Whether we regard the expense-account lunch as a nice little perk, a gross drain on company resources, an abuse of the tax system or the lifeblood of good restaurants, we all tend to think of it as a single entity. But it's not. Consider some of its varieties:

The Couldn't-Get-It-Done Any-Other-Time Lunch

At this type, people actually accomplish a specific task during lunch because they are pressed for time or can't mesh their schedules otherwise.

The Keep-Working-and-We'll Bring-in-Sandwiches Lunch

This is a tacky subspecies of the one above.

The Just-Because-We're-Friends Lunch

This is never described as such on an expense account, of course. It consists of lunching with someone "expensable" just because you want to, without conducting business. And it disapproves the old saw, "There's no such thing as a free lunch" -- from the point of view of the participants, if not of the tab-grabber's employer.

The Fictional Lunch

A business acquaintance whom I saw only once or twice a year used to phone my every couple of months and start the conversation like this: "You may not remember this, John, but you and I had lunch together last Wednesday."

For me these were the ultimate low-calorie meals, but they did leave a bad taste in my mouth.

The Pulse-Taking Lunch

This is more valuable than many suppose, whether it's with a customer, client or cohort. In the relaxed atmosphere of a leisurely lunch, you can often find out more about potential problems, intrigues or opportunities than ever emerges in the office.

This type of lunch overlaps at times with . . .

The We-Value-Your-Business-and-You Lunch

If suppliers, lawyers, consultants, ad agency folks or whoever do a good job for us, their performance should be enough, right?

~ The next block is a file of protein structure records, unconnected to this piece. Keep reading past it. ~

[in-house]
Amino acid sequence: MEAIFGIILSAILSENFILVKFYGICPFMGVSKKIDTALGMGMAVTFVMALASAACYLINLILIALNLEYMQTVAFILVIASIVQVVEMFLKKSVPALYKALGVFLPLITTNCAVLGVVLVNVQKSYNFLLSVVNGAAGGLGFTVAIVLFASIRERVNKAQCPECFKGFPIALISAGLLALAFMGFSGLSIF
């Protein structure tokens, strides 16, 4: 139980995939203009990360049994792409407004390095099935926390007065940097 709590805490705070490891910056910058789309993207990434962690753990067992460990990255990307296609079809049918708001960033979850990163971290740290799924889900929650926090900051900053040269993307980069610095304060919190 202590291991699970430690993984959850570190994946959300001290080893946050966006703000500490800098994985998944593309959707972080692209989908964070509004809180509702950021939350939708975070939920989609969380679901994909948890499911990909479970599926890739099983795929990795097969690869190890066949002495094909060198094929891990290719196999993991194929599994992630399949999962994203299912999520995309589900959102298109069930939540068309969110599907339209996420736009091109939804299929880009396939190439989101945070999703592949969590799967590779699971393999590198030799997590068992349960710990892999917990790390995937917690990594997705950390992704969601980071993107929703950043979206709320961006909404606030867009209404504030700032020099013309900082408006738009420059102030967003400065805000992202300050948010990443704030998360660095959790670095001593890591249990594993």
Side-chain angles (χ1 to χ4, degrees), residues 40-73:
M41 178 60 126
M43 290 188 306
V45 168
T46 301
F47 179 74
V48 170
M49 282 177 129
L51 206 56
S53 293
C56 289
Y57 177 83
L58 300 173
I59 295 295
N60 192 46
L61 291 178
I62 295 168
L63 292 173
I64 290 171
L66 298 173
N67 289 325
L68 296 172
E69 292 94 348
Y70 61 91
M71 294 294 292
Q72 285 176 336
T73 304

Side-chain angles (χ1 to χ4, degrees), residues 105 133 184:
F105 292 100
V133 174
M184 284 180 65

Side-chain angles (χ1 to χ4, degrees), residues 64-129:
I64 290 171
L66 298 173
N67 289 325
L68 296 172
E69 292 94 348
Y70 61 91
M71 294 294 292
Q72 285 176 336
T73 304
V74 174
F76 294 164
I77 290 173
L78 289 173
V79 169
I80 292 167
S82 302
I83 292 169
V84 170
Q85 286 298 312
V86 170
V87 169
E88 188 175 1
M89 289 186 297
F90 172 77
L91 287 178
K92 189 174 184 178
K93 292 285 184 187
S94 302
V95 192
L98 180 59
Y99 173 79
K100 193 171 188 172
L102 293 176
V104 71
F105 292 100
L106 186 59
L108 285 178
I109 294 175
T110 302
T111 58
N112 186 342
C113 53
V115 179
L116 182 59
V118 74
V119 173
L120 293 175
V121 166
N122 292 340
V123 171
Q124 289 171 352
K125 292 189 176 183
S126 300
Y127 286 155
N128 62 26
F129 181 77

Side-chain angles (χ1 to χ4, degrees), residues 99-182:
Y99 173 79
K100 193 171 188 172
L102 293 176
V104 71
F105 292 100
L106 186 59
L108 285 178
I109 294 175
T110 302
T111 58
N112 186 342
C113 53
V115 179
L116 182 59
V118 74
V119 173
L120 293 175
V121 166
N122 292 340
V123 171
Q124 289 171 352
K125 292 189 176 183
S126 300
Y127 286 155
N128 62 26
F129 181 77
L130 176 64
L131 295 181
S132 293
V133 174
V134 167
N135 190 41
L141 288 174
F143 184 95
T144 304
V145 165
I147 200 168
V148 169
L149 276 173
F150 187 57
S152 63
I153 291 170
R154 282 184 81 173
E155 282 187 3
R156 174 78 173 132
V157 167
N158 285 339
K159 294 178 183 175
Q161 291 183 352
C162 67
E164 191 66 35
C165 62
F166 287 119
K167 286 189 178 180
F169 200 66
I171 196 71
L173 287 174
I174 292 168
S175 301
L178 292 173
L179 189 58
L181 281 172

Wrong. We all like to feel that we are important customers. And we all want to feel valued as people, besides. The invitation to lunch is a symbol of caring.

The Sales-Pitch Lunch

As a method of lowering your prospect's defenses and extending your persuasion time, this can be effective. But I wouldn't recommend using a table-top flip chart in a restaurant, as I witnessed recently. There's another contribution to the amounts of expense-account eating and drinking that goes on -- the so-called Protestant work ethic, which is downright catholic among executives.

In the office we quick-step to a very staccato march. We tend to be consumed by our immediate problems and our own expectations of efficient, business-like conduct. And this extends to feeling guilty about a "useless" lunch hour.

The purposeful lunch hour assuages this feeling. At the same time it's a ritual that imposes a different rhythm and a more personal and reflective ambiance than the office.

The fact is, while the really productive lunches may be in the minority, they could well pay for the rest.

If you don't agee, invite me to lunch and we'll talk it over.